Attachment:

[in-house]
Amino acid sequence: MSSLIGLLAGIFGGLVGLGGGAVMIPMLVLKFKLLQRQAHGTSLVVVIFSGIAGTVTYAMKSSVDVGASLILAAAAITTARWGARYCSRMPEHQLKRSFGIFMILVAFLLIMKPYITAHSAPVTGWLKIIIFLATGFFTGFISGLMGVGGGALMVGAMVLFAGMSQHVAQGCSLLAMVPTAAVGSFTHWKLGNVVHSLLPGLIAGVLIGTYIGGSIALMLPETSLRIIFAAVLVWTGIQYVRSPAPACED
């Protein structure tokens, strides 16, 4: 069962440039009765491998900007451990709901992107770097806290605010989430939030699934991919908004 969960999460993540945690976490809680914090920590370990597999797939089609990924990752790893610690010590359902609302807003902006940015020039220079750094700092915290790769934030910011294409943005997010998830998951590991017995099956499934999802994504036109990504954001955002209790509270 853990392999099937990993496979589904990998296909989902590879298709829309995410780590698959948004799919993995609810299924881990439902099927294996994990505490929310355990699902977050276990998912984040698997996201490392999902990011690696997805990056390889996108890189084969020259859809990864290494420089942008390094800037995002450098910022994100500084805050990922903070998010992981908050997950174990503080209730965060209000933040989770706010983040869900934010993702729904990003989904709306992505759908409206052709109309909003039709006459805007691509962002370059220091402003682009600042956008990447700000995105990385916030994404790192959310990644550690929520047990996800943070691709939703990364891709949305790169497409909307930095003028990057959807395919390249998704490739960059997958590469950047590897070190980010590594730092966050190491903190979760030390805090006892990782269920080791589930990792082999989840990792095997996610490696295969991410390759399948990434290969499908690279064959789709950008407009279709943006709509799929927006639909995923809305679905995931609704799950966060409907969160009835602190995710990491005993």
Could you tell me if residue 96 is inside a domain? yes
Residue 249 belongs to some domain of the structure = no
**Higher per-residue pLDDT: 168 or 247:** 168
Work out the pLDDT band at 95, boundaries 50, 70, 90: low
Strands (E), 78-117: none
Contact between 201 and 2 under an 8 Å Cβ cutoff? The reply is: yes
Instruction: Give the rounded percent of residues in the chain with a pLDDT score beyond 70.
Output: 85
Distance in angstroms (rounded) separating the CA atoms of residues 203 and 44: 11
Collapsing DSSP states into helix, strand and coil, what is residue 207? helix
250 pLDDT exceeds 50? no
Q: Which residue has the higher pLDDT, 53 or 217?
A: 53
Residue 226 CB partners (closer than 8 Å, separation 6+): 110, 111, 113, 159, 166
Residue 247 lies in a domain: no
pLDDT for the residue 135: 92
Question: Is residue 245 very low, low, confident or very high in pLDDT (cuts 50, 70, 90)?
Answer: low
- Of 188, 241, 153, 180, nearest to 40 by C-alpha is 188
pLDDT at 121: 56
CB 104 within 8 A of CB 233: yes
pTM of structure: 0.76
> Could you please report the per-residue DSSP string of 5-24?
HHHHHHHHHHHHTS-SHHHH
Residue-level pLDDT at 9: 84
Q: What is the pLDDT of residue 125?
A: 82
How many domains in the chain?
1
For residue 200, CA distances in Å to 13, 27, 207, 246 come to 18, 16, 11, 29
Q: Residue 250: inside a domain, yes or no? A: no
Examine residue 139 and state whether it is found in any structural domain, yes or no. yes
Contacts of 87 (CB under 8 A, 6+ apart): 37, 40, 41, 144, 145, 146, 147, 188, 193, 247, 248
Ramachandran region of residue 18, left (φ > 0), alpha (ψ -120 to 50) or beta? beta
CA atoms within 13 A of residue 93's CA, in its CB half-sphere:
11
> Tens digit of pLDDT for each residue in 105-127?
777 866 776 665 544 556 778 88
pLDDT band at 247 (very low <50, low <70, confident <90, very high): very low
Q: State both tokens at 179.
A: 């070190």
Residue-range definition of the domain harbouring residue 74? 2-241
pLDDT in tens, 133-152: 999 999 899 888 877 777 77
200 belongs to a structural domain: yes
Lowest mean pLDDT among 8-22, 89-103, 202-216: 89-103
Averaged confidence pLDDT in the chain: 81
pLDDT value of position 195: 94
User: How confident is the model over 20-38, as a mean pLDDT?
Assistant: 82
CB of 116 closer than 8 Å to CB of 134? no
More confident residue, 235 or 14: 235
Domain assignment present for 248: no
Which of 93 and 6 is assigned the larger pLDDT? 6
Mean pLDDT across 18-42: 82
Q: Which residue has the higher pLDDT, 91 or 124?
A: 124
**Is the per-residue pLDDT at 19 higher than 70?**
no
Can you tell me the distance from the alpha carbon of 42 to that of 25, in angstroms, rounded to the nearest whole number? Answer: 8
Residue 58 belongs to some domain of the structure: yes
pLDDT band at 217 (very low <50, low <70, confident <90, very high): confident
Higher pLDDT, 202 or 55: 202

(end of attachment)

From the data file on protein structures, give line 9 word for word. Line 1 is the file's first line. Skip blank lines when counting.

Contact between 201 and 2 under an 8 Å Cβ cutoff? The reply is: yes